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Richmans' Trade and Taxes Blog
Let's have an Honest Trade Debate
The October 9-10 issue featured the most misleading commentary that I have yet read in the Wall Street Journal: Goodbye, Free Trade? by Dartmouth economics professor Douglas A. Irwin.
The entire first page is spent trashing the Smoot Hawley tariff. Then the author subtly admits that that Smoot Hawley tariff, which didn't go into effect until 1932, was basically a justified reaction by the United States to several of our trading partners either going off the gold standard or devaluing their currencies in 1931. Essentially, the United States had to respond to other countries devaluing their currencies by either shipping away gold, devaluing the dollar, or limiting imports. We chose to limit imports. He is correct that we would have been better off devaluing the dollar.
Irwin's primary economic recommendation in this piece can be proved nonsense by a simple thought experiment. He writes:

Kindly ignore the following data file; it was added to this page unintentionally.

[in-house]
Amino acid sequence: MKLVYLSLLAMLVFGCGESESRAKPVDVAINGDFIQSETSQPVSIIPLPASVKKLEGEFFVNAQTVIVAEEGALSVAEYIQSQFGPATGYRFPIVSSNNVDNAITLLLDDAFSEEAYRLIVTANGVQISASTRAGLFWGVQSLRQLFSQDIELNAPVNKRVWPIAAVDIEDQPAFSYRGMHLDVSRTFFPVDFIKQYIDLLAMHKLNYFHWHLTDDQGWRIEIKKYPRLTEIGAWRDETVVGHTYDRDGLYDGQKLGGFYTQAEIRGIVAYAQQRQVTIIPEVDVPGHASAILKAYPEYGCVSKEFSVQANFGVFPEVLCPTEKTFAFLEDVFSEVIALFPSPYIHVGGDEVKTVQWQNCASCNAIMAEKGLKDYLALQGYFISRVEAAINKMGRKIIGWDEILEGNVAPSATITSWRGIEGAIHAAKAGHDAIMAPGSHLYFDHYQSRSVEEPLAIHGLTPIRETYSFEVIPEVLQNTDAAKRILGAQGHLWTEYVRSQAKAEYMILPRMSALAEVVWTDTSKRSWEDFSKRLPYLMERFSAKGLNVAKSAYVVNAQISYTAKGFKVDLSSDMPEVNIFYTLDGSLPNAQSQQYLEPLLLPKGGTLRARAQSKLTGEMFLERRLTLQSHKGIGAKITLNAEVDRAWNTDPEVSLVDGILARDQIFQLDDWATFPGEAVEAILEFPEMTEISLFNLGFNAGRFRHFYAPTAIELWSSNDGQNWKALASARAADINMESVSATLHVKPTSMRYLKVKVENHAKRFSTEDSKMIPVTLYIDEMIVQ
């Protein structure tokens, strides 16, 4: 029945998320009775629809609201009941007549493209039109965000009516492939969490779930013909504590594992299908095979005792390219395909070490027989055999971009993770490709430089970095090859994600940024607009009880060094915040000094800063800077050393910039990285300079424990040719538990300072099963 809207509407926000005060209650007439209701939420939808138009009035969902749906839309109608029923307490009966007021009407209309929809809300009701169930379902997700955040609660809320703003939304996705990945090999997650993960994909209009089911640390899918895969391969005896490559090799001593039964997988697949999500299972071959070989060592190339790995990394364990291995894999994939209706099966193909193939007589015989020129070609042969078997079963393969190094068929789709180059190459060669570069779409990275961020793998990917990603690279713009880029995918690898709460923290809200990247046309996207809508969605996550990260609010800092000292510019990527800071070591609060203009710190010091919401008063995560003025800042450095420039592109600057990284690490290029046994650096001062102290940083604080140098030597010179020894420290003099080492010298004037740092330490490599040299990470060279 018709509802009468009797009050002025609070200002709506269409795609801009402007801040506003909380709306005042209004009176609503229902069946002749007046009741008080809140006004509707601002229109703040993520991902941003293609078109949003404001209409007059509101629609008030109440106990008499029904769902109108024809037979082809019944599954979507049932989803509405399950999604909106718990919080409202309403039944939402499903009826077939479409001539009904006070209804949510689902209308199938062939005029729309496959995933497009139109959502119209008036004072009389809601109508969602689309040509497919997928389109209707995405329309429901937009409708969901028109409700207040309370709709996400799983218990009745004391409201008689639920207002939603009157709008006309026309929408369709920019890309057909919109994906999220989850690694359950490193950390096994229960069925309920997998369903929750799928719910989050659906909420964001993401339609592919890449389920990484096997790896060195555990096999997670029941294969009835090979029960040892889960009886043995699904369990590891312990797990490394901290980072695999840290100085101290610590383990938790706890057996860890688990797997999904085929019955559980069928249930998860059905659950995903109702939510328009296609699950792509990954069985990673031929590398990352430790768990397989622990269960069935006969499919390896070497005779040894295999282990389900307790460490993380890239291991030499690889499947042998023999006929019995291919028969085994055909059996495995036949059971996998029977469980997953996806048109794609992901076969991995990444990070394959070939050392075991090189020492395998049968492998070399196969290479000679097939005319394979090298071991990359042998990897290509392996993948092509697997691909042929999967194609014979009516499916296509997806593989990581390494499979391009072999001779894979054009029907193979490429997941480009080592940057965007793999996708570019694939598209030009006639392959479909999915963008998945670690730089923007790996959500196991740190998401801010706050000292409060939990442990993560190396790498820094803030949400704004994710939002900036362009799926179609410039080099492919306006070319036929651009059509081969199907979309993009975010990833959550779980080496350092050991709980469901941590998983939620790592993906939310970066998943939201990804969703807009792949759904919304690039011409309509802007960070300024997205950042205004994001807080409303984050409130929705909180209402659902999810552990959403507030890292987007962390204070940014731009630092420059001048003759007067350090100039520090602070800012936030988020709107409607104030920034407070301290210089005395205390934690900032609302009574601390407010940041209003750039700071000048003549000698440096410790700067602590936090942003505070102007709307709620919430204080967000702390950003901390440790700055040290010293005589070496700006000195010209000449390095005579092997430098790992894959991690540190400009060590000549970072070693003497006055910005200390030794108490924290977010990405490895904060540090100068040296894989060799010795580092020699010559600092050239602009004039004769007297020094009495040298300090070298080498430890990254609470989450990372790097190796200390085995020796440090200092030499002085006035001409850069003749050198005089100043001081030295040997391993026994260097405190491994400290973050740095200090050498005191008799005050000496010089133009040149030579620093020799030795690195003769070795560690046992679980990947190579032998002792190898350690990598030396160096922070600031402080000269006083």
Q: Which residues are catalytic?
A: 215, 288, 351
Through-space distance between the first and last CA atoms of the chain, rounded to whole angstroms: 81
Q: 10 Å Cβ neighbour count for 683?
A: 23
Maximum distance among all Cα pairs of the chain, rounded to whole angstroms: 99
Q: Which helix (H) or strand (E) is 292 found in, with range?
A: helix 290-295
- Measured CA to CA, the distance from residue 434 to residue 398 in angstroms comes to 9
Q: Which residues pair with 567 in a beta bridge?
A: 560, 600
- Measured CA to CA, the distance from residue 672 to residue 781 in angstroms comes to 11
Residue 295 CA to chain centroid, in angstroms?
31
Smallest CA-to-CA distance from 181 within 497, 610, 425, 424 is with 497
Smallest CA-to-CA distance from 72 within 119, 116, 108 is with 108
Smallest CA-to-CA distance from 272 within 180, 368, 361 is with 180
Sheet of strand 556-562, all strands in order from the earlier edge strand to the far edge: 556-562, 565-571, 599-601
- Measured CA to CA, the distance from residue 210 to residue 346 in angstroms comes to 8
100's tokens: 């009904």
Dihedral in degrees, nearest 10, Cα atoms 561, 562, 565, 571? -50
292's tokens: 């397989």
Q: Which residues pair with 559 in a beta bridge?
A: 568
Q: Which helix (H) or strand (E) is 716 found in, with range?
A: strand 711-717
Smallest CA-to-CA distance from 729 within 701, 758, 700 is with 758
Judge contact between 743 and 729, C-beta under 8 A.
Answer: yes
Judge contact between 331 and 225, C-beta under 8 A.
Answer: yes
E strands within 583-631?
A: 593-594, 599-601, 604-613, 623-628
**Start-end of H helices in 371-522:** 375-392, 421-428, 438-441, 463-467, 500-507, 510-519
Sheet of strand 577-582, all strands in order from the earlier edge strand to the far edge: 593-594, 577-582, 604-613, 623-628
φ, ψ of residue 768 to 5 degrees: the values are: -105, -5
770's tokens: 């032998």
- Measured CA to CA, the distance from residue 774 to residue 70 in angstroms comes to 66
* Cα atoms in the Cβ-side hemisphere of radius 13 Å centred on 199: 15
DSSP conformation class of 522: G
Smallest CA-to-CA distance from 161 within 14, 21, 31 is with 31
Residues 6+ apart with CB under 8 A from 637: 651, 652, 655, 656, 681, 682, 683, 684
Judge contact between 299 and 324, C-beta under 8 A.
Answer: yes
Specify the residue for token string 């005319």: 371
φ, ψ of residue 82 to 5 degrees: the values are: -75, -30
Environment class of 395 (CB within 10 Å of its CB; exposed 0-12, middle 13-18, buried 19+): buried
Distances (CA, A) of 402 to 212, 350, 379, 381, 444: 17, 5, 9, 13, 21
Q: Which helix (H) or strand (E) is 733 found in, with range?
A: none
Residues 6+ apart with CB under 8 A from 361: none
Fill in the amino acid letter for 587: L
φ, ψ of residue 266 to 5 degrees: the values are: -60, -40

Here's a thought experiment that I devised which proves that his suggestion does not result in any new money being created, it just results in central banks swapping each others' bonds:
Irwin's comparison of the current depression with the Great Depression completely ignores the fact that U.S. trade is out of balance now, not in balance as in the 1930s. As a result, a tariff program that would balance trade, such as the scaled tariff that we have proposed, would have a significantly beneficial effect upon our economic growth, not the slightly negative effect of the Smoot-Hawley tariff.
Comment by jambok Klink, 10/10/2010:
All thee ao called "Economicates" Hundrededs can not agree. The recovery was having the ww2.
So- Go back to basics. There is a devaluation solution
Journal of Economic Literature:
Atlantic Economic Journal: